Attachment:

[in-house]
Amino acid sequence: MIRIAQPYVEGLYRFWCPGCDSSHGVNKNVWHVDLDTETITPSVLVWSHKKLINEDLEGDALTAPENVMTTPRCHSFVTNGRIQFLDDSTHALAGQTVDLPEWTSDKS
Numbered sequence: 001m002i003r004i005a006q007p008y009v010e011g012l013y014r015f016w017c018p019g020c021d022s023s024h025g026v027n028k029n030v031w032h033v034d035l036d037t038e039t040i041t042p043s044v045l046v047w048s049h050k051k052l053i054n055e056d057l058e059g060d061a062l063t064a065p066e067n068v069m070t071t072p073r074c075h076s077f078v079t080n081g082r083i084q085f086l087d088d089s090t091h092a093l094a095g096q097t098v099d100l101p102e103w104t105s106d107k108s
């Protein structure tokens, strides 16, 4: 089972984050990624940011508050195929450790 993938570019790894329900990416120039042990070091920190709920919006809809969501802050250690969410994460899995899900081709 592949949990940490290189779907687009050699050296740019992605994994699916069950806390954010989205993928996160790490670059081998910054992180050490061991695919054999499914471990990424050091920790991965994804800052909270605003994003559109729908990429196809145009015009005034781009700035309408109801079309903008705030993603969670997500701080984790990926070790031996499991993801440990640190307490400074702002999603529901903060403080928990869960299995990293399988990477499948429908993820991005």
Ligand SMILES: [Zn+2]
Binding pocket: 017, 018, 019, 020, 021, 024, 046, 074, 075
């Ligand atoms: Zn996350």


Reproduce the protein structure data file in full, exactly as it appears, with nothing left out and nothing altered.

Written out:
[in-house]
Amino acid sequence: MIRIAQPYVEGLYRFWCPGCDSSHGVNKNVWHVDLDTETITPSVLVWSHKKLINEDLEGDALTAPENVMTTPRCHSFVTNGRIQFLDDSTHALAGQTVDLPEWTSDKS
Numbered sequence: 001m002i003r004i005a006q007p008y009v010e011g012l013y014r015f016w017c018p019g020c021d022s023s024h025g026v027n028k029n030v031w032h033v034d035l036d037t038e039t040i041t042p043s044v045l046v047w048s049h050k051k052l053i054n055e056d057l058e059g060d061a062l063t064a065p066e067n068v069m070t071t072p073r074c075h076s077f078v079t080n081g082r083i084q085f086l087d088d089s090t091h092a093l094a095g096q097t098v099d100l101p102e103w104t105s106d107k108s
């Protein structure tokens, strides 16, 4: 089972984050990624940011508050195929450790 993938570019790894329900990416120039042990070091920190709920919006809809969501802050250690969410994460899995899900081709 592949949990940490290189779907687009050699050296740019992605994994699916069950806390954010989205993928996160790490670059081998910054992180050490061991695919054999499914471990990424050091920790991965994804800052909270605003994003559109729908990429196809145009015009005034781009700035309408109801079309903008705030993603969670997500701080984790990926070790031996499991993801440990640190307490400074702002999603529901903060403080928990869960299995990293399988990477499948429908993820991005």
Ligand SMILES: [Zn+2]
Binding pocket: 017, 018, 019, 020, 021, 024, 046, 074, 075
């Ligand atoms: Zn996350």